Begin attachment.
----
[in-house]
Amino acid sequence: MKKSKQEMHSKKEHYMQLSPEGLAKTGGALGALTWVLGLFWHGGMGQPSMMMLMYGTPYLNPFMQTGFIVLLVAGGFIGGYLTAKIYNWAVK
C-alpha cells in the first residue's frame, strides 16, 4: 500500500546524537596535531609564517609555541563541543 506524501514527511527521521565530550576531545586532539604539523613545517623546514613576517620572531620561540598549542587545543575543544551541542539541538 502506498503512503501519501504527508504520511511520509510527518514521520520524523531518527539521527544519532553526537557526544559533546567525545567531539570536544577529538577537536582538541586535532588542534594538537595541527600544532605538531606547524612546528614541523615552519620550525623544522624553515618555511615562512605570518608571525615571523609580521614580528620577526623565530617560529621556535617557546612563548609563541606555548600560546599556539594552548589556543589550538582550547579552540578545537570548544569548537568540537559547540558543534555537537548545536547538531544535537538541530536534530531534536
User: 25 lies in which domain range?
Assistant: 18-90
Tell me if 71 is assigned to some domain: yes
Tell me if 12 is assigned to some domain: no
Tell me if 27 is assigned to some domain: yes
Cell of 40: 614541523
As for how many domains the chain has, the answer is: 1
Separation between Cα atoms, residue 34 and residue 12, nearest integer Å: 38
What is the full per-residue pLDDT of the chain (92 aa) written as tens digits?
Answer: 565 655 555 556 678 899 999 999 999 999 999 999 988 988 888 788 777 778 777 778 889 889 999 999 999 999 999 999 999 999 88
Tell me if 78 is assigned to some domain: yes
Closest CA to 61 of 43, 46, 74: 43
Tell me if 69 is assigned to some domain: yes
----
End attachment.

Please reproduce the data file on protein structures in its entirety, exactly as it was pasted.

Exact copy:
[in-house]
Amino acid sequence: MKKSKQEMHSKKEHYMQLSPEGLAKTGGALGALTWVLGLFWHGGMGQPSMMMLMYGTPYLNPFMQTGFIVLLVAGGFIGGYLTAKIYNWAVK
C-alpha cells in the first residue's frame, strides 16, 4: 500500500546524537596535531609564517609555541563541543 506524501514527511527521521565530550576531545586532539604539523613545517623546514613576517620572531620561540598549542587545543575543544551541542539541538 502506498503512503501519501504527508504520511511520509510527518514521520520524523531518527539521527544519532553526537557526544559533546567525545567531539570536544577529538577537536582538541586535532588542534594538537595541527600544532605538531606547524612546528614541523615552519620550525623544522624553515618555511615562512605570518608571525615571523609580521614580528620577526623565530617560529621556535617557546612563548609563541606555548600560546599556539594552548589556543589550538582550547579552540578545537570548544569548537568540537559547540558543534555537537548545536547538531544535537538541530536534530531534536
User: 25 lies in which domain range?
Assistant: 18-90
Tell me if 71 is assigned to some domain: yes
Tell me if 12 is assigned to some domain: no
Tell me if 27 is assigned to some domain: yes
Cell of 40: 614541523
As for how many domains the chain has, the answer is: 1
Separation between Cα atoms, residue 34 and residue 12, nearest integer Å: 38
What is the full per-residue pLDDT of the chain (92 aa) written as tens digits?
Answer: 565 655 555 556 678 899 999 999 999 999 999 999 988 988 888 788 777 778 777 778 889 889 999 999 999 999 999 999 999 999 88
Tell me if 78 is assigned to some domain: yes
Closest CA to 61 of 43, 46, 74: 43
Tell me if 69 is assigned to some domain: yes